Telomerase activity was measured using TRAPeze RT Telomerase Detection kit (Millipore). Cells were harvested, washed with PBS, resuspended in 200 μl of CHAPS lysis buffer (provided in TRAPeze kit)/106 cells, and incubated on ice for 30 minutes. The samples were spun down at 12,000 x g for 20 minutes at 4°C, 160 μl of supernatant was collected, protein concentration determined with the BCA Protein Assay (Pierce), and the concentration of total protein was normalized for each sample. The reaction mixture contained 5 μl 5X TRAPeze RT Reaction Mix, 1 μl Taq polymerase (Titanium Taq, Clontech #639220), 17 μl nuclease free water, and 2 μl of TSR8 dilution (for standard curve), positive extract control, telomerase negative control, no template control, experimental samples, or heat treated experimental samples. The parameters for the qRT-PCR were 30 minutes at 30°C (1 cycle), 2 minutes at 95°C (1 cycle), and then15 s at 94°C, 60 s at 59°C, 10 s at 45°C for 45 cycles using the primers are supplied by the manufacturer.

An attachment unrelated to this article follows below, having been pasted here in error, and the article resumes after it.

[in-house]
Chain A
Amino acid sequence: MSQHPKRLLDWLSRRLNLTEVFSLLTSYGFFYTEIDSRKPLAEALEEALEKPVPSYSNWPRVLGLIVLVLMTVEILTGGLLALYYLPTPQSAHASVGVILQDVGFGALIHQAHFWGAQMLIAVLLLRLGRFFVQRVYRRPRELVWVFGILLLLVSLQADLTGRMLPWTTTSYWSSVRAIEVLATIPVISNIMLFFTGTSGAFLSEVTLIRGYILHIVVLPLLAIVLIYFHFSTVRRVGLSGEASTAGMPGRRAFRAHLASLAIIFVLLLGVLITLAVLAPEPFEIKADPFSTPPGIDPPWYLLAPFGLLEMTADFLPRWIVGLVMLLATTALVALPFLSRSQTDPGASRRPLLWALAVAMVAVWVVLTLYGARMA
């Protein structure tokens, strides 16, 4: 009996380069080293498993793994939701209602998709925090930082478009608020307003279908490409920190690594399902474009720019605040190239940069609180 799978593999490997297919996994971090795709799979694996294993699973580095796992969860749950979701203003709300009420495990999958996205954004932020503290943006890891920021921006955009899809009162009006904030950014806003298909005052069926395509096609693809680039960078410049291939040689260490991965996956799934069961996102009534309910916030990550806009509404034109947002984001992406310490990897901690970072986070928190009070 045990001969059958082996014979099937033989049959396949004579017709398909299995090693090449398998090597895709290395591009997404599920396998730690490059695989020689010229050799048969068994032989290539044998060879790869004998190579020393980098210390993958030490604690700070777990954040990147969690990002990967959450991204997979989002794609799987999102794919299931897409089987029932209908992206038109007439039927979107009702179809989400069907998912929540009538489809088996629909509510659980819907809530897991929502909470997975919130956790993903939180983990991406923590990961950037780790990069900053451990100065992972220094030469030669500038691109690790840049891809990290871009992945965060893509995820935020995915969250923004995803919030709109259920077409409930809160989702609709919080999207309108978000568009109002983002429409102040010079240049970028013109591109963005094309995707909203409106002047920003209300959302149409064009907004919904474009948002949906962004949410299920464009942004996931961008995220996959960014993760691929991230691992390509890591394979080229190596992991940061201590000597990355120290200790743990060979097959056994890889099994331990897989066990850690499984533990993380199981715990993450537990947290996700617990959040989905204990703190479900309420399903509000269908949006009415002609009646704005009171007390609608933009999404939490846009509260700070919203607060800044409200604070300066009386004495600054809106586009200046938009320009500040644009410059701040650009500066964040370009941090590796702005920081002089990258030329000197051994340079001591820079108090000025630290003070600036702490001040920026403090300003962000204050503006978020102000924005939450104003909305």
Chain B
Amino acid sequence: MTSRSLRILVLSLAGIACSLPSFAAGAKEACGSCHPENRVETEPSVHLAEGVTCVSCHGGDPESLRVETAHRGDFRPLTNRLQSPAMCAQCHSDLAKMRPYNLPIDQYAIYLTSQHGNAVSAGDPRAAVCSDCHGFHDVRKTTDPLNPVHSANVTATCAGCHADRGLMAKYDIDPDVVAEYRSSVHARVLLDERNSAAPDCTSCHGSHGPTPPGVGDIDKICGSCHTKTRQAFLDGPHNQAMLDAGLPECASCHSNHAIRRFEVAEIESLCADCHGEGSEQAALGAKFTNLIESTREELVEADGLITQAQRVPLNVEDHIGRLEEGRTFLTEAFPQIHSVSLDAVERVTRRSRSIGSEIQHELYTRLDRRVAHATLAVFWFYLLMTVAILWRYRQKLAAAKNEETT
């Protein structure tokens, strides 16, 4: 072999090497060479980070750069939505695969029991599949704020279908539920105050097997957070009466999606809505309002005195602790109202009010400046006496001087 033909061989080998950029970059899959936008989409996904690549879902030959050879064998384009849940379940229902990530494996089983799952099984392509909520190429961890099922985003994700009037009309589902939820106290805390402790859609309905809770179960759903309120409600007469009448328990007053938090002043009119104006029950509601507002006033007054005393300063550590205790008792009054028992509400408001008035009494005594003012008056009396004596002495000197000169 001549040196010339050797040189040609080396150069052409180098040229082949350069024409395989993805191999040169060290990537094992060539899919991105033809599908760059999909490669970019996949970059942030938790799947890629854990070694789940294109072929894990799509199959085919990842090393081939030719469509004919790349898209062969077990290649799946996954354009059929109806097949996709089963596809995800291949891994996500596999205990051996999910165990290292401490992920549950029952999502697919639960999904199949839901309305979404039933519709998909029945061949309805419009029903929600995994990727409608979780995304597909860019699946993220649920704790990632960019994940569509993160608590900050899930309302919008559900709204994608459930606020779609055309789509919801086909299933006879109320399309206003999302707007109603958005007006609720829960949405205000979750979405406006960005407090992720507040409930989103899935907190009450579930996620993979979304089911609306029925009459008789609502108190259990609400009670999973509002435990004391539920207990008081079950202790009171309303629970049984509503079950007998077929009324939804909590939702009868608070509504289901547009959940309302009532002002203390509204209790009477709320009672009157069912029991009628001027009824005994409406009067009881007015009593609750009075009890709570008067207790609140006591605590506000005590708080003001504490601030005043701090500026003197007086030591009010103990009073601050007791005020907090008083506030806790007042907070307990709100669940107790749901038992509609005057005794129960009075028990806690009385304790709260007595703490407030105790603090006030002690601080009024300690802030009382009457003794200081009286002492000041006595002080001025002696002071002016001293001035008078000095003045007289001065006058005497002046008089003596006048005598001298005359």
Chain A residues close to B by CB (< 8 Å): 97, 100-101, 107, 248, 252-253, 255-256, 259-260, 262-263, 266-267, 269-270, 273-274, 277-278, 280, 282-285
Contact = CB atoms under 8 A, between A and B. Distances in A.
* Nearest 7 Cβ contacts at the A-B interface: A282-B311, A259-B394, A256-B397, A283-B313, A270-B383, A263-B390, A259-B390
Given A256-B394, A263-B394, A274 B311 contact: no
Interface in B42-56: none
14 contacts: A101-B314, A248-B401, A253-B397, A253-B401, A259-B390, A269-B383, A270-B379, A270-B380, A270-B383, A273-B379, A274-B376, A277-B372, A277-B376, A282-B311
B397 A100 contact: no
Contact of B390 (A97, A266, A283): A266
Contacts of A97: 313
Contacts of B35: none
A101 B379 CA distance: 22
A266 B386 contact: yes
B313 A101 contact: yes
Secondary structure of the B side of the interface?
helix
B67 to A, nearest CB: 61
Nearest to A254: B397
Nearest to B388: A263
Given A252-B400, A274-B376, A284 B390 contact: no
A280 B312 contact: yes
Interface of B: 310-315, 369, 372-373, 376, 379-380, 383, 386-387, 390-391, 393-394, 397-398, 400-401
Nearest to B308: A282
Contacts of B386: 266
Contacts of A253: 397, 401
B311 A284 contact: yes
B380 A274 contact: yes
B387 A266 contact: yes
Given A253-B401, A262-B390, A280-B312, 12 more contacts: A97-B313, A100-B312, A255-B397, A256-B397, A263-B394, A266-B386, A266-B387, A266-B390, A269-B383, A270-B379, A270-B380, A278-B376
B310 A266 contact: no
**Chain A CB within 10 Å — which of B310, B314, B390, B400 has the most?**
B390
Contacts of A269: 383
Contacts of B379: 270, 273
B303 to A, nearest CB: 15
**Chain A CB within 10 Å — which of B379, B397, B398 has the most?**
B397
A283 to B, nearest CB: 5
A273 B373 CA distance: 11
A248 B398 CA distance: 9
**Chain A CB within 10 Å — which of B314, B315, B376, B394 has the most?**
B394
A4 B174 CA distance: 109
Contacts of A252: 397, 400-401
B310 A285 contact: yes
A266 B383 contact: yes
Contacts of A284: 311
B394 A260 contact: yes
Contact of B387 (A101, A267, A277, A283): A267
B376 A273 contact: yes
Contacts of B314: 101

SNP Genotyping

SNP Genotyping was performed on the OmniQuad version 1 (Illumina, Inc.), which interrogates 1,140,419 SNPs across the human genome. One μg input genomic DNA purified with the DNeasy Blood & Tissue Kit (Qiagen) (the yield from approximately 200,000 cells) was amplified and labeled according to the manufacturer’s instructions. DNA was quantified using the PicoGreen reagent (Life Technologies). Labeled product was then hybridized to the array and scanned on a BeadArray Reader (Illumina, Inc.). Genotyping calls were made using BeadStudio (Illumina, Inc.), using the standard cluster files provided by the manufacturer. The GenCall threshold was set to 0.15, and the call rates were between 0.9911858 (EcmMech P147 D) and 0.9981838 (Control).